Code isn't the only thing that needs to be maintained
When I was working on Premium Poker Tools, it took me a while to launch. I wanted to make absolutely sure that there were no bugs. Even if I launched a free version, I reasoned that bugs would still be catastrophic.
The software tells you things like, "pocket jacks will win 66% of the time against ace five suited". Imagine if the software told you that the number is 56% instead of 66%? You'd lose trust, right? And once you lose trust, you wouldn't want to use the product, right? The whole point of the thing is to tell you what the numbers are. If you can't trust it to give you the right numbers, well, then why use it?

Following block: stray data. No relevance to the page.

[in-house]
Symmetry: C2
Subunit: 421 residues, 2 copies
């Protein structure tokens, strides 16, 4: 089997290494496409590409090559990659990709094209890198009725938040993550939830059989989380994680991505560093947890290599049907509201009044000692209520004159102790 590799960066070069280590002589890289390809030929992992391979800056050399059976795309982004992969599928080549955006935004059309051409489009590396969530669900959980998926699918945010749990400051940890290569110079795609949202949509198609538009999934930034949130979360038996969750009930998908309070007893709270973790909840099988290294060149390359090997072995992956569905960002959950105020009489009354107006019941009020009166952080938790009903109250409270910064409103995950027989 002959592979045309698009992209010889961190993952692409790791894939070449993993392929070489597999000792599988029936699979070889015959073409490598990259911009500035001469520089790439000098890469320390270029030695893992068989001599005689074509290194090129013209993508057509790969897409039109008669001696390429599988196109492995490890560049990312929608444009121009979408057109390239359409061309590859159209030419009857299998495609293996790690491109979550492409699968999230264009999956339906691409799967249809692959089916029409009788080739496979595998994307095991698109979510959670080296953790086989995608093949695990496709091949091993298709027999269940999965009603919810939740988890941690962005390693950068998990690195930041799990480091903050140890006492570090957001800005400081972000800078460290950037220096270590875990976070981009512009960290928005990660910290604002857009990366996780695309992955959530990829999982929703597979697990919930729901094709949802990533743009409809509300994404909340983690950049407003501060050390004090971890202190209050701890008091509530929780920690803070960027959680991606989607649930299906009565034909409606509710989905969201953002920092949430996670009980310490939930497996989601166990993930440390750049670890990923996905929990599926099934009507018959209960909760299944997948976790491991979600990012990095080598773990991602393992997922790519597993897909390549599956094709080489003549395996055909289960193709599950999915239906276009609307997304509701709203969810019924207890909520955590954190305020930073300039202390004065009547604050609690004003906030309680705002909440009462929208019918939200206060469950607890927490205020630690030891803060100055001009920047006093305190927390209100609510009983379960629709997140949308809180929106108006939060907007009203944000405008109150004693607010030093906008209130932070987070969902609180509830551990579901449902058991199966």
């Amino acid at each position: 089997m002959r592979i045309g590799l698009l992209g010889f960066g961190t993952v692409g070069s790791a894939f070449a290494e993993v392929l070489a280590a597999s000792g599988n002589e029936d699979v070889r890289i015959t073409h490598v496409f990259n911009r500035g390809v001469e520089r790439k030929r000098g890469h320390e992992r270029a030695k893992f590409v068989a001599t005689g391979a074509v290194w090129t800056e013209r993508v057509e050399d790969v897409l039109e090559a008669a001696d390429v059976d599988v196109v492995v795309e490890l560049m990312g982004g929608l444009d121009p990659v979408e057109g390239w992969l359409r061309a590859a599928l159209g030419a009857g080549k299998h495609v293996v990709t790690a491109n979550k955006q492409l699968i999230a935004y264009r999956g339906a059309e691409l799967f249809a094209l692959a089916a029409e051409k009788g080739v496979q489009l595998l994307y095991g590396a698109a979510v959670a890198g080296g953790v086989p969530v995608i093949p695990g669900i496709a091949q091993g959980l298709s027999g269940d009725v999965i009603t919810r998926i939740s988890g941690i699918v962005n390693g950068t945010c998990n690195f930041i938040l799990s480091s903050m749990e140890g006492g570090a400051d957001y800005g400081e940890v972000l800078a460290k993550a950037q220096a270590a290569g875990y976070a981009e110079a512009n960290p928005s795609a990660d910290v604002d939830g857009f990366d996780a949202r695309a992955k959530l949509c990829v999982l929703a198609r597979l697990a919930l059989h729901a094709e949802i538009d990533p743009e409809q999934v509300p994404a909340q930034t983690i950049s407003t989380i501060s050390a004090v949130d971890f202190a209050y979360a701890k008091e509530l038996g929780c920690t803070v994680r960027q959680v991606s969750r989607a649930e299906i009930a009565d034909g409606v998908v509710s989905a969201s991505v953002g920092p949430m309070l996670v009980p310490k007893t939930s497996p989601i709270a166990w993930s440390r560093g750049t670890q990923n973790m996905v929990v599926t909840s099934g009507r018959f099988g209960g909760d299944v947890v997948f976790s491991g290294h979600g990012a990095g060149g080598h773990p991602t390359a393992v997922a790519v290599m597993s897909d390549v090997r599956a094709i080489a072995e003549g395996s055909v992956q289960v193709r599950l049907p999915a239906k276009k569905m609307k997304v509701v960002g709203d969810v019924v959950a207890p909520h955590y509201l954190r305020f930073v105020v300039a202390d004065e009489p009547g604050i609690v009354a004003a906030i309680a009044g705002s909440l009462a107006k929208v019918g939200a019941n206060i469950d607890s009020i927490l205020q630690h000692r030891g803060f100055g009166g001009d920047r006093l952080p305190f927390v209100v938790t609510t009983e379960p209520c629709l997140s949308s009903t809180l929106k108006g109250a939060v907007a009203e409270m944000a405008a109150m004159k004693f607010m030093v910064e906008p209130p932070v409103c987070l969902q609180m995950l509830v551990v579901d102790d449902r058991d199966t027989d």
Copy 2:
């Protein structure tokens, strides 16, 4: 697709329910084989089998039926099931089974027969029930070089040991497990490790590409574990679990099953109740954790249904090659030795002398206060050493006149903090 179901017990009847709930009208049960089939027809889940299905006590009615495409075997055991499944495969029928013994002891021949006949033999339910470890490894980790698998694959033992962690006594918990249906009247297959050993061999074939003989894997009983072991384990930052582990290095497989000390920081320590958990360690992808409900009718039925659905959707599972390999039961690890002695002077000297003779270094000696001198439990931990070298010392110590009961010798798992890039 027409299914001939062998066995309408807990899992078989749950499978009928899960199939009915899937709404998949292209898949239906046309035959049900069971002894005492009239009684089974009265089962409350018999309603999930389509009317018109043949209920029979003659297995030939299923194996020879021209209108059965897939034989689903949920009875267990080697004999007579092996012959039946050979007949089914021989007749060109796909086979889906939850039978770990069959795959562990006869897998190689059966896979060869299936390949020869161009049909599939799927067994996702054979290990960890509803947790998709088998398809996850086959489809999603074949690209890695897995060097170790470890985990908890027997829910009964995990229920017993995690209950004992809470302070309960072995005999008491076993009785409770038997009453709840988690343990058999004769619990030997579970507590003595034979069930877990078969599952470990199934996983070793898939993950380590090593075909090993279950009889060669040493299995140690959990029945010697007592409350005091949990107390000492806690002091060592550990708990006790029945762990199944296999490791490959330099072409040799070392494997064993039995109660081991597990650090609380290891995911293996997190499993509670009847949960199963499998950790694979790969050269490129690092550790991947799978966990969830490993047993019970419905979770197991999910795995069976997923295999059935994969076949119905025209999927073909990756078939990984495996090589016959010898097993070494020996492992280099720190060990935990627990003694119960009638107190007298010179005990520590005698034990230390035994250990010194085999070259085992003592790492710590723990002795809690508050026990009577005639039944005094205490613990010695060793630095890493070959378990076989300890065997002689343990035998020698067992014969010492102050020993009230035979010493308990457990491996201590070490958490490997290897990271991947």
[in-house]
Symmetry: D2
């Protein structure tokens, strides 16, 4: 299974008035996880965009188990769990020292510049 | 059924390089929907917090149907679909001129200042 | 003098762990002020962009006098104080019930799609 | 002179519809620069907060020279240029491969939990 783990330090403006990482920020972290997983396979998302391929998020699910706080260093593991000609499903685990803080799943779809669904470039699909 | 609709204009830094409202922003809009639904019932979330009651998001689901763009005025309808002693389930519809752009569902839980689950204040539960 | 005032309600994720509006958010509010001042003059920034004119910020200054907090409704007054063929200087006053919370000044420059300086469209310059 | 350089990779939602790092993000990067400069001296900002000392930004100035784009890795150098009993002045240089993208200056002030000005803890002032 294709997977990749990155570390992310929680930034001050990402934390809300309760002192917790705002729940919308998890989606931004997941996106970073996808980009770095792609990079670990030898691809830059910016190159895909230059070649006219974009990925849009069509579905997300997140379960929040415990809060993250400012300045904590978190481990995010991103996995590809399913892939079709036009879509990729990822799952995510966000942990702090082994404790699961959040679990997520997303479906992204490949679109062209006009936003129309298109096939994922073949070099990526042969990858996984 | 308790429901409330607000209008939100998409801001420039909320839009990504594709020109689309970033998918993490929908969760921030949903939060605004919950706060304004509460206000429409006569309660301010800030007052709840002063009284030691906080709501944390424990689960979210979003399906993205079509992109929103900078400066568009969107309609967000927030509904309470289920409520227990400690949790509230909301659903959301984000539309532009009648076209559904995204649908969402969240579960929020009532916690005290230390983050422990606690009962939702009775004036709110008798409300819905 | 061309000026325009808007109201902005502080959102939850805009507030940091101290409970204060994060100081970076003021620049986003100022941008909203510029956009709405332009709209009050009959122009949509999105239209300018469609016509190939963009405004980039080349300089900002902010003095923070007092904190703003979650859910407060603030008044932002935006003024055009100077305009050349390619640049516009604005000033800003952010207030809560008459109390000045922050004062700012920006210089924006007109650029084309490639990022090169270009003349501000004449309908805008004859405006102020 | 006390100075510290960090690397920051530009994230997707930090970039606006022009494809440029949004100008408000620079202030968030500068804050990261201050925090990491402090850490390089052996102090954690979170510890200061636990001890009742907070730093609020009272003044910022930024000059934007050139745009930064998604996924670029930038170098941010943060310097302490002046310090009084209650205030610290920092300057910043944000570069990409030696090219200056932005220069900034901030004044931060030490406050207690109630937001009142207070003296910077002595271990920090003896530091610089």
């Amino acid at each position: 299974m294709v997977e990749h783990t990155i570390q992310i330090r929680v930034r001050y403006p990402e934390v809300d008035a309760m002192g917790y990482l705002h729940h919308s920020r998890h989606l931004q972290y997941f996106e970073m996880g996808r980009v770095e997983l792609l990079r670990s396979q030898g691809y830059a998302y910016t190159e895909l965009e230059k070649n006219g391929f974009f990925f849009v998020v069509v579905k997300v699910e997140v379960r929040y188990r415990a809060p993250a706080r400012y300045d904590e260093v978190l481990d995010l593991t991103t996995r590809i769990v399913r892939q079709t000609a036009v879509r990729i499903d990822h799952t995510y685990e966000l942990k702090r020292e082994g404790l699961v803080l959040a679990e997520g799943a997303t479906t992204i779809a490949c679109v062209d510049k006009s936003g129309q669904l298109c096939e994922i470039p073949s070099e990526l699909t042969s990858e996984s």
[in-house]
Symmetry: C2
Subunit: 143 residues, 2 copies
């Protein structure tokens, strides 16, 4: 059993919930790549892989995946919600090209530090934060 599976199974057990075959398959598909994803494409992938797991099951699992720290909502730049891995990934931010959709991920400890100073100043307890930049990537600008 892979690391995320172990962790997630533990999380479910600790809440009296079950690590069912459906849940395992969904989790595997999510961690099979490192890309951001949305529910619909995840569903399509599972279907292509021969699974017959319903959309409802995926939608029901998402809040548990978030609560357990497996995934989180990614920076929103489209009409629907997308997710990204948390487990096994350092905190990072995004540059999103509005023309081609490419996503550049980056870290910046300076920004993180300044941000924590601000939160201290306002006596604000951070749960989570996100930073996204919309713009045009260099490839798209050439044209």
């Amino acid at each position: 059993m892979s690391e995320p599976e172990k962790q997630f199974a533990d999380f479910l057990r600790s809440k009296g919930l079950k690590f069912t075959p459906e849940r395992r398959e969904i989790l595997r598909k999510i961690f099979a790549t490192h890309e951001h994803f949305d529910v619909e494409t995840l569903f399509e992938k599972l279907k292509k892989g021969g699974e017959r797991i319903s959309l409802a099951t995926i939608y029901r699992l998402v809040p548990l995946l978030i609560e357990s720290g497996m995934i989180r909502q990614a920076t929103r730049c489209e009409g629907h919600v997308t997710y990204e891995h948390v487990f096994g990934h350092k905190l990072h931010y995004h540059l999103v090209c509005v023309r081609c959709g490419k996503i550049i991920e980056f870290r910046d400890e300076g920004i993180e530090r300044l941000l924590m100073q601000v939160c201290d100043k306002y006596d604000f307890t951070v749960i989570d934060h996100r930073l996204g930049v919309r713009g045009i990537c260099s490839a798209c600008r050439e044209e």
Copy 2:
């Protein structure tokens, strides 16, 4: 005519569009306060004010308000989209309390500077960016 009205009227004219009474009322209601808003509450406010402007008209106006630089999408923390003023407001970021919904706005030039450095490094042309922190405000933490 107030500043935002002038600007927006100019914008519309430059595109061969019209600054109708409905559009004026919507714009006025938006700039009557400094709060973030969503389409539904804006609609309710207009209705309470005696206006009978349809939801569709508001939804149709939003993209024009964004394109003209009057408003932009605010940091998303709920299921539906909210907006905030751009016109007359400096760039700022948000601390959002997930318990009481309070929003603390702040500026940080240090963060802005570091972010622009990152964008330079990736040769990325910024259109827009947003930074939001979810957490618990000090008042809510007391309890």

And so, I proceeded to write tests. Lots, and lots, and lots, and lots, of tests. My unit tests took a few minutes to run. Minutes, not seconds.
I also had end-to-end tests. Those took about 30 minutes to run.
To put that in perspective, at my current job where there are maybe 30 engineers and the company has been in business for ~4 years, the tests take a similar amount of time to run.
Part of why I wrote so many tests is also because I was just excited to do so. You see, I learned that testing was this super important thing, but at my first two jobs, I never got to write tests. It was something people acknowledged would be good in theory, but in practice there were always things higher on the priority list to tackle. So, no tests were written in either company.
Then in my side projects, the scope had always been small enough where writing tests seemed sorta silly.